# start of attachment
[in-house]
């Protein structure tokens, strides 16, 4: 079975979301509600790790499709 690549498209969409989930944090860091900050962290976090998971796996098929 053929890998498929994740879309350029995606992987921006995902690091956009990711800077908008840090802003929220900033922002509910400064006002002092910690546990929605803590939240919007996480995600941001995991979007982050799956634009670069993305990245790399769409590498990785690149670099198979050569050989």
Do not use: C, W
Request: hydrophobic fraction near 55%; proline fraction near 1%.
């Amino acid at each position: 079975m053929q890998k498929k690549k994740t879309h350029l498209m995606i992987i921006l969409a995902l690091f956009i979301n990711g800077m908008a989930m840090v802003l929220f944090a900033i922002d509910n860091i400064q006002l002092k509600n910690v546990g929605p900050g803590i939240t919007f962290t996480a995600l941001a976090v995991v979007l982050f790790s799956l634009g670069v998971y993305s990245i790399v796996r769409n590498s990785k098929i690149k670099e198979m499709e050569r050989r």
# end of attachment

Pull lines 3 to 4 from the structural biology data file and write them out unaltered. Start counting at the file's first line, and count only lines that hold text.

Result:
Do not use: C, W
Request: hydrophobic fraction near 55%; proline fraction near 1%.